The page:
The execution of Kelly Gissendaner, the only woman on Georgia’s death row, was postponed again Monday night. In 1998, Gissendaner was convicted of conspiring with her lover to kill her husband. Her lover committed the actual murder and, agreeing to testify against Gissendaner, received a life sentence. Gissendaner received a death sentence for her part in the conspiracy.

During her years in prison, Gissendaner’s life has been transformed. She has attended and graduated from an in-prison seminary program. Other inmates say that she has become a spiritual counselor for them.

As Gissendaner’s appeals ran out, her case garnered the attention of many people in the Christian community. Hundreds, perhaps thousands, signed petitions calling for her sentence to be commuted. Clemency was denied a week or two ago and Gissendaner’s execution approached. Twice, she has come within hours of being executed, most recently on March 2 because the single drug that Georgia planned to use to execute her was “cloudy.”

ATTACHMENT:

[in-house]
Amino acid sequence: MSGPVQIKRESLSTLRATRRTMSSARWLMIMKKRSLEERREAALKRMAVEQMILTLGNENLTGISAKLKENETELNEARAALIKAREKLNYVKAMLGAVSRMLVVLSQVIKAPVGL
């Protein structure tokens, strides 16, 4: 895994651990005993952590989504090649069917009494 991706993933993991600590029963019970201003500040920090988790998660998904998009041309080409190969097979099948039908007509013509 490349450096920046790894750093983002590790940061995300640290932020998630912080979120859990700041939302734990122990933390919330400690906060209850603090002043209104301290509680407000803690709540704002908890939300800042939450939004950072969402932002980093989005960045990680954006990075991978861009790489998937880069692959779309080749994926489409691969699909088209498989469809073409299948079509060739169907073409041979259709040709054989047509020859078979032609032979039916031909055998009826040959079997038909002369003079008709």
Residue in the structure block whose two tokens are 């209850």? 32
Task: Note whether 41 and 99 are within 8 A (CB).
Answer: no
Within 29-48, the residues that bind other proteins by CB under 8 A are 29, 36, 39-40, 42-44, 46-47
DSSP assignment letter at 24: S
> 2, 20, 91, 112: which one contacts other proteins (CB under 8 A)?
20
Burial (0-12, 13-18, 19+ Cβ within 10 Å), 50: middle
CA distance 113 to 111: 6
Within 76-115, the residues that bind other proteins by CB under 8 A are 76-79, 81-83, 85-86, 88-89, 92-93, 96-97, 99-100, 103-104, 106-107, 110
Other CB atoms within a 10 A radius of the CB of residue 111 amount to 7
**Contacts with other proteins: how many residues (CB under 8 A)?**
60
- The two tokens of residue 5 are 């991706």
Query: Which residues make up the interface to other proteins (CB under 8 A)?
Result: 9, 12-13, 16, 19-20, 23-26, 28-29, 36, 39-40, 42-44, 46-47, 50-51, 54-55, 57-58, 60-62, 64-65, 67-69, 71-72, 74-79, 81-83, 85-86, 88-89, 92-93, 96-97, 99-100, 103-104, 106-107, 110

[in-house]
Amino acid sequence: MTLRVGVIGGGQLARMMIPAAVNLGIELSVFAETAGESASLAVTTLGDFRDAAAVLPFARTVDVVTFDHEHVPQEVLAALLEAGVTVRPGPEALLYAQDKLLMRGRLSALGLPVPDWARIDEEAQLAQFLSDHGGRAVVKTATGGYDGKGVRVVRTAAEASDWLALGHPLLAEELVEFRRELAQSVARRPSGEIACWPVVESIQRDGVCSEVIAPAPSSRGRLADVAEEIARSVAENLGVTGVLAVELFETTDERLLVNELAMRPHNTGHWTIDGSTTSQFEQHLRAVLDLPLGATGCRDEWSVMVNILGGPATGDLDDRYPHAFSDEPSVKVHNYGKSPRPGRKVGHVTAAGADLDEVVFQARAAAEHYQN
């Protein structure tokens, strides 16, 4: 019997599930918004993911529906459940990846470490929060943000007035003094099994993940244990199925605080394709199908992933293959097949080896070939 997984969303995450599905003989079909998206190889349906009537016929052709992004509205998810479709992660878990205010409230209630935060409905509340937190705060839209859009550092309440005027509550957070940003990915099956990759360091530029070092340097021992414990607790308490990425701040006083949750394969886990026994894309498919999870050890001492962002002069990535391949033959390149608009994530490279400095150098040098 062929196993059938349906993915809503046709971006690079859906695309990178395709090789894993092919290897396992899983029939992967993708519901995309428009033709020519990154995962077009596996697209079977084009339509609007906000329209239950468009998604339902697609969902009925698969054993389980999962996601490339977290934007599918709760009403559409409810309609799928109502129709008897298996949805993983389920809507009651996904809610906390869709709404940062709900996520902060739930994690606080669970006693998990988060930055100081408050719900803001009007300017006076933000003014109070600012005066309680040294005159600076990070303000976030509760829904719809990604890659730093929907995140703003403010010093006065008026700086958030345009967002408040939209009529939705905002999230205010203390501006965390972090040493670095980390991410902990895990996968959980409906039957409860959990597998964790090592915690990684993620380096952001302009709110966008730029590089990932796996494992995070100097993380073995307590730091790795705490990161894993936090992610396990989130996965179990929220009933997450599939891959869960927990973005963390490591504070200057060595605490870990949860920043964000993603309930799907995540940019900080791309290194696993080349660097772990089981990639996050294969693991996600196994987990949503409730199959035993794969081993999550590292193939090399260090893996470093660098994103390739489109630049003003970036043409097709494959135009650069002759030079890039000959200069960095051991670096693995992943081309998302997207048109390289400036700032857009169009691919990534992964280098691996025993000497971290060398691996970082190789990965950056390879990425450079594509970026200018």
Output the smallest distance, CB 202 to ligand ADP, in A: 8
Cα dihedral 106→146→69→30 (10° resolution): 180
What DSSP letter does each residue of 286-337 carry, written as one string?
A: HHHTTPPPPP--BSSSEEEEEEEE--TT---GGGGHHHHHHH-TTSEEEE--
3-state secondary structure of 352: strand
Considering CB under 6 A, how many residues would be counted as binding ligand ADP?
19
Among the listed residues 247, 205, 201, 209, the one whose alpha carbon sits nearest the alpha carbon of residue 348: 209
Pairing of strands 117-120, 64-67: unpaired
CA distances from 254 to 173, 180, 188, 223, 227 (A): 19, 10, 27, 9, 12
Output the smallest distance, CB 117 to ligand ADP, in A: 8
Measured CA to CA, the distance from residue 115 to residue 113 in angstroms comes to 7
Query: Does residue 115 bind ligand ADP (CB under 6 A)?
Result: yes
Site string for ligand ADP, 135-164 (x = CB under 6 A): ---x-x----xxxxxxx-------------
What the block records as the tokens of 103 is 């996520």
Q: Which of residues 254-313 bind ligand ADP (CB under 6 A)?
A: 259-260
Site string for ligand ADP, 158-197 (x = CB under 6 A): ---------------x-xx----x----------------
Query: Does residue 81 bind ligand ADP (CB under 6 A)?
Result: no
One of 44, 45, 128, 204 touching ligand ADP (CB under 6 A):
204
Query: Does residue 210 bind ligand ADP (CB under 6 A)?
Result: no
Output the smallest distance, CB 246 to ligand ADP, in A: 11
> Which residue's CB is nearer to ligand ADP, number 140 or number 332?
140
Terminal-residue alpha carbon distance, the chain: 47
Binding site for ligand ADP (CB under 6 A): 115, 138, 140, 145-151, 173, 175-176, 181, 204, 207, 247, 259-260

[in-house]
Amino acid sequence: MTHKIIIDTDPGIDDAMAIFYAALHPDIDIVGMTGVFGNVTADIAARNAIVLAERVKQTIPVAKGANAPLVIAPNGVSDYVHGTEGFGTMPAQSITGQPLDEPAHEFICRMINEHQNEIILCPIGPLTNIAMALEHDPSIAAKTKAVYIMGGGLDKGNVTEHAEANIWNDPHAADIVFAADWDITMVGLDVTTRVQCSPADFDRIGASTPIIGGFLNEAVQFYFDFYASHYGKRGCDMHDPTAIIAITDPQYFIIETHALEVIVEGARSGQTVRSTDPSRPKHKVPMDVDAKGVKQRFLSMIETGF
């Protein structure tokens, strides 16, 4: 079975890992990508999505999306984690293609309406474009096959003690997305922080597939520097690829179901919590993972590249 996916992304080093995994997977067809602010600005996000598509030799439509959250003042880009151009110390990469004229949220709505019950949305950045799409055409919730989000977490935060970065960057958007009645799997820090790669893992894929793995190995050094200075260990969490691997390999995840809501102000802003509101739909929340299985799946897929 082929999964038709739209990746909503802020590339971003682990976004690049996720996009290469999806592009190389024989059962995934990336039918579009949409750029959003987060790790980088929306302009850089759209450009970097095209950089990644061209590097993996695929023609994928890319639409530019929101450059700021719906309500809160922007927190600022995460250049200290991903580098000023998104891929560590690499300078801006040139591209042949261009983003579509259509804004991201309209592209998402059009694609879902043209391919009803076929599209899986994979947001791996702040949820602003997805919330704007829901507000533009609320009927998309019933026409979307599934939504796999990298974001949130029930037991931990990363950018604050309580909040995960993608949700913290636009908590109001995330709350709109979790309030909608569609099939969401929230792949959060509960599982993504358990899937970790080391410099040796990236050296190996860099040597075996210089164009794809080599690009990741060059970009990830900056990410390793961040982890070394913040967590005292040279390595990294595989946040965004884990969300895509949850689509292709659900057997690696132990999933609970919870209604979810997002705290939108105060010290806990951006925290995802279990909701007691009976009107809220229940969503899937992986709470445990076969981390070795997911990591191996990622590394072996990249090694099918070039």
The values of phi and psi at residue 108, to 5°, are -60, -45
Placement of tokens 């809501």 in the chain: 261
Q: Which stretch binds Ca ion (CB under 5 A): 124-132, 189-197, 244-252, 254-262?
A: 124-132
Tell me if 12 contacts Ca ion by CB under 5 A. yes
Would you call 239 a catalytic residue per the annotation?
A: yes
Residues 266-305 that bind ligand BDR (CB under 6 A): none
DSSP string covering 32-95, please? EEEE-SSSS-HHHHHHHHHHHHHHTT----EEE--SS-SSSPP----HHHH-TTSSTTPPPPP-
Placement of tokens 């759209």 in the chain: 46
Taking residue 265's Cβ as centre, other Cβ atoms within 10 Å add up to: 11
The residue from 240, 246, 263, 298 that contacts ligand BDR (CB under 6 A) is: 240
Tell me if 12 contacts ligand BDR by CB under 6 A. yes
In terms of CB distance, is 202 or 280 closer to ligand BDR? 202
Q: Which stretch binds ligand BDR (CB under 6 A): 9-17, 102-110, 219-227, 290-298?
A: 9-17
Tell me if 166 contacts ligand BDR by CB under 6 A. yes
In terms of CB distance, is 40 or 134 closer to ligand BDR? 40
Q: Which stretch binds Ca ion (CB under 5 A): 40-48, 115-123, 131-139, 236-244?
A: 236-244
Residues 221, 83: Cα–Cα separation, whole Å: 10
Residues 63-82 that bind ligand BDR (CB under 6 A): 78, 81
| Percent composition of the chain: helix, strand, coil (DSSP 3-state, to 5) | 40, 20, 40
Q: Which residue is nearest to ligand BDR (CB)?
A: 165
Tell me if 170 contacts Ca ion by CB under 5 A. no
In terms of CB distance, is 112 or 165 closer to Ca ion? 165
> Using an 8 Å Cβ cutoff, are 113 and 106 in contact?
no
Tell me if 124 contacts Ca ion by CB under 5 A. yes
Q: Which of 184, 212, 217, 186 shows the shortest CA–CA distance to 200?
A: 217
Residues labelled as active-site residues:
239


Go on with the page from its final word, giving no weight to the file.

This case raises questions about whether or not reform is possible for murderers, and therefore if executing them denies society the benefit of a reformed person.  It raises questions about executing someone who has changed and if we would still be executing the person who committed the crime.  It raises questions about the cruelty of our execution process, bringing someone so close to execution and then delaying it.  And finally, as it pointed out in this blog post, it raises questions about white privilege and Christian privilege.

You can read more about her case and the decision to postpone her execution at and

You can read more about the Christian Community’s efforts to get her sentence commuted at and,